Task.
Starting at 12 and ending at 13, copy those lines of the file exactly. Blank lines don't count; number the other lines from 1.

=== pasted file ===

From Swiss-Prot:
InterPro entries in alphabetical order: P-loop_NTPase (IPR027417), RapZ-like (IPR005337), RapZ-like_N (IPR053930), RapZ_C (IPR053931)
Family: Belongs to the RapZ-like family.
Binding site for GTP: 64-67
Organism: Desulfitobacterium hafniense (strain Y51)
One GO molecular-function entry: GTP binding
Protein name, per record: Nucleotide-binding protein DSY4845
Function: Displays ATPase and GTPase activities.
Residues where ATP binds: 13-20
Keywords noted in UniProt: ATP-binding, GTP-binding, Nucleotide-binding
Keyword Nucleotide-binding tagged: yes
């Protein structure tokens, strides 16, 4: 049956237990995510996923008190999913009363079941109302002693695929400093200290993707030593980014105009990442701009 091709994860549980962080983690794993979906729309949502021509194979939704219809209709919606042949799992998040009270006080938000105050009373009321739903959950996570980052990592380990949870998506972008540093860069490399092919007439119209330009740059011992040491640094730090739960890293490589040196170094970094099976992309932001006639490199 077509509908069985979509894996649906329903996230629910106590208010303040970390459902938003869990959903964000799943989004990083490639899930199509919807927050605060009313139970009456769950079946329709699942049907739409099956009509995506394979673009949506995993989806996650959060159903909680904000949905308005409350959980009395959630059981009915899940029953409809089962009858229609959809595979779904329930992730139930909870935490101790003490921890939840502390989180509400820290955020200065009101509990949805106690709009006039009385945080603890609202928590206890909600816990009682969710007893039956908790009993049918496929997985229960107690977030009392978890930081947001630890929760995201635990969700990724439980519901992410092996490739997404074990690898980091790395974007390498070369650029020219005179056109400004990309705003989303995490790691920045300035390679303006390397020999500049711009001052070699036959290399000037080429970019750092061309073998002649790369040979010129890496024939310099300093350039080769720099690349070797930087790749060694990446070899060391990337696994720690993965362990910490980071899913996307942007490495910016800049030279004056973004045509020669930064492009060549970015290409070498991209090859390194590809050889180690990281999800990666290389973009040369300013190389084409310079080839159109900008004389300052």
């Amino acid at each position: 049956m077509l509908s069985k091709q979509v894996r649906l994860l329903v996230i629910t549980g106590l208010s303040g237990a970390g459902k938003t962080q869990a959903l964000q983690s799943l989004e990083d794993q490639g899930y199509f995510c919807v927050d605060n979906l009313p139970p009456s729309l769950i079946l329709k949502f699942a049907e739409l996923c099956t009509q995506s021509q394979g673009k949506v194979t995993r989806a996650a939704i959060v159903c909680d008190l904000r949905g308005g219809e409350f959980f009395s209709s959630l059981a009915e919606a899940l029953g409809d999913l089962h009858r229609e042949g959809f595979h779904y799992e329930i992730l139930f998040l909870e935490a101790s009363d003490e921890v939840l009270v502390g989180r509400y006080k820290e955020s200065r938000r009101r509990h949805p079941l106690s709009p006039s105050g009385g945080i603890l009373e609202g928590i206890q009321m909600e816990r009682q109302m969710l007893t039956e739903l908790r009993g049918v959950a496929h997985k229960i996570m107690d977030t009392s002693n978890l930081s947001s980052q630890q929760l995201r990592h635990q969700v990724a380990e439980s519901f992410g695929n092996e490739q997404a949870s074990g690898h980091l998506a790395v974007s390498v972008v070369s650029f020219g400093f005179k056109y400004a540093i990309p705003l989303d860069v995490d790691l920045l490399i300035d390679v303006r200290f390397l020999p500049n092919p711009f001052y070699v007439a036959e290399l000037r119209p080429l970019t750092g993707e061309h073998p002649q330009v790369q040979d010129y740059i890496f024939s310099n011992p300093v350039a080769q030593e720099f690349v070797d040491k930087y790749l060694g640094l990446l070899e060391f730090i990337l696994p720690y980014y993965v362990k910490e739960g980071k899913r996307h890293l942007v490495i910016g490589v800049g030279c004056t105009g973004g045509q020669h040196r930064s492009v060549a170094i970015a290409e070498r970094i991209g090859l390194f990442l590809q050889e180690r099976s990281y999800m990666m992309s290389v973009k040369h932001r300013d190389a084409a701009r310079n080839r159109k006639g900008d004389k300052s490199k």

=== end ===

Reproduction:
């Protein structure tokens, strides 16, 4: 049956237990995510996923008190999913009363079941109302002693695929400093200290993707030593980014105009990442701009 091709994860549980962080983690794993979906729309949502021509194979939704219809209709919606042949799992998040009270006080938000105050009373009321739903959950996570980052990592380990949870998506972008540093860069490399092919007439119209330009740059011992040491640094730090739960890293490589040196170094970094099976992309932001006639490199 077509509908069985979509894996649906329903996230629910106590208010303040970390459902938003869990959903964000799943989004990083490639899930199509919807927050605060009313139970009456769950079946329709699942049907739409099956009509995506394979673009949506995993989806996650959060159903909680904000949905308005409350959980009395959630059981009915899940029953409809089962009858229609959809595979779904329930992730139930909870935490101790003490921890939840502390989180509400820290955020200065009101509990949805106690709009006039009385945080603890609202928590206890909600816990009682969710007893039956908790009993049918496929997985229960107690977030009392978890930081947001630890929760995201635990969700990724439980519901992410092996490739997404074990690898980091790395974007390498070369650029020219005179056109400004990309705003989303995490790691920045300035390679303006390397020999500049711009001052070699036959290399000037080429970019750092061309073998002649790369040979010129890496024939310099300093350039080769720099690349070797930087790749060694990446070899060391990337696994720690993965362990910490980071899913996307942007490495910016800049030279004056973004045509020669930064492009060549970015290409070498991209090859390194590809050889180690990281999800990666290389973009040369300013190389084409310079080839159109900008004389300052």
């Amino acid at each position: 049956m077509l509908s069985k091709q979509v894996r649906l994860l329903v996230i629910t549980g106590l208010s303040g237990a970390g459902k938003t962080q869990a959903l964000q983690s799943l989004e990083d794993q490639g899930y199509f995510c919807v927050d605060n979906l009313p139970p009456s729309l769950i079946l329709k949502f699942a049907e739409l996923c099956t009509q995506s021509q394979g673009k949506v194979t995993r989806a996650a939704i959060v159903c909680d008190l904000r949905g308005g219809e409350f959980f009395s209709s959630l059981a009915e919606a899940l029953g409809d999913l089962h009858r229609e042949g959809f595979h779904y799992e329930i992730l139930f998040l909870e935490a101790s009363d003490e921890v939840l009270v502390g989180r509400y006080k820290e955020s200065r938000r009101r509990h949805p079941l106690s709009p006039s105050g009385g945080i603890l009373e609202g928590i206890q009321m909600e816990r009682q109302m969710l007893t039956e739903l908790r009993g049918v959950a496929h997985k229960i996570m107690d977030t009392s002693n978890l930081s947001s980052q630890q929760l995201r990592h635990q969700v990724a380990e439980s519901f992410g695929n092996e490739q997404a949870s074990g690898h980091l998506a790395v974007s390498v972008v070369s650029f020219g400093f005179k056109y400004a540093i990309p705003l989303d860069v995490d790691l920045l490399i300035d390679v303006r200290f390397l020999p500049n092919p711009f001052y070699v007439a036959e290399l000037r119209p080429l970019t750092g993707e061309h073998p002649q330009v790369q040979d010129y740059i890496f024939s310099n011992p300093v350039a080769q030593e720099f690349v070797d040491k930087y790749l060694g640094l990446l070899e060391f730090i990337l696994p720690y980014y993965v362990k910490e739960g980071k899913r996307h890293l942007v490495i910016g490589v800049g030279c004056t105009g973004g045509q020669h040196r930064s492009v060549a170094i970015a290409e070498r970094i991209g090859l390194f990442l590809q050889e180690r099976s990281y999800m990666m992309s290389v973009k040369h932001r300013d190389a084409a701009r310079n080839r159109k006639g900008d004389k300052s490199k």